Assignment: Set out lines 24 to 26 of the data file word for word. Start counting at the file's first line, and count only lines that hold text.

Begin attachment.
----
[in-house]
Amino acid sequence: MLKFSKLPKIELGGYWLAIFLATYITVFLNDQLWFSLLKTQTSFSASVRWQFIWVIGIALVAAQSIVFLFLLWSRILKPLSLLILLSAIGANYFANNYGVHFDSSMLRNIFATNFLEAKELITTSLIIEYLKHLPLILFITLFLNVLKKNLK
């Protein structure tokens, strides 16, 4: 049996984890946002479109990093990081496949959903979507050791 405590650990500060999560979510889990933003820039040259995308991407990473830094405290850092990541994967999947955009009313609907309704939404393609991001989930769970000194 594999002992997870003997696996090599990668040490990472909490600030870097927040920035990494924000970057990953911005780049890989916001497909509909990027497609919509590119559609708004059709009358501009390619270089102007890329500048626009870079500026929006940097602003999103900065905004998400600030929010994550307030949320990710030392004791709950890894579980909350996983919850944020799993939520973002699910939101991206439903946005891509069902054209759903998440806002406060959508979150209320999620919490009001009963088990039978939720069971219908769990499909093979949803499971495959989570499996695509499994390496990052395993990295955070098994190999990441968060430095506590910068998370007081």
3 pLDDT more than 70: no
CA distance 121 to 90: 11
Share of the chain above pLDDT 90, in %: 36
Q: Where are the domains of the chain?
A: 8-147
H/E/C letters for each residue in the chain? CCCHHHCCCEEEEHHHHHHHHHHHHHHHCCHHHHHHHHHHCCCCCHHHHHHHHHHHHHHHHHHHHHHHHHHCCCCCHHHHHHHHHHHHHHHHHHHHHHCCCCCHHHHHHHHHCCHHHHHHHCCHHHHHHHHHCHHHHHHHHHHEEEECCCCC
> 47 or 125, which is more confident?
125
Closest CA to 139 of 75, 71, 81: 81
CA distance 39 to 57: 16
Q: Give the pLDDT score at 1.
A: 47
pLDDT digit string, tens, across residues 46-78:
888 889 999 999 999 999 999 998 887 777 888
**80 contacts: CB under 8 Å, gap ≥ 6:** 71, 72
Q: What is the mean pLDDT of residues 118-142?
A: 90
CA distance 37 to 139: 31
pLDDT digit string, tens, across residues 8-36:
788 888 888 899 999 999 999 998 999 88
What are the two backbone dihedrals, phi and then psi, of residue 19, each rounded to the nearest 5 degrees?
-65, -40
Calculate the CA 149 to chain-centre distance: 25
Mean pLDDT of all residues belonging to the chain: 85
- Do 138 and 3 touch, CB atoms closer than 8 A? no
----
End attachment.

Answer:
What are the two backbone dihedrals, phi and then psi, of residue 19, each rounded to the nearest 5 degrees?
-65, -40
Calculate the CA 149 to chain-centre distance: 25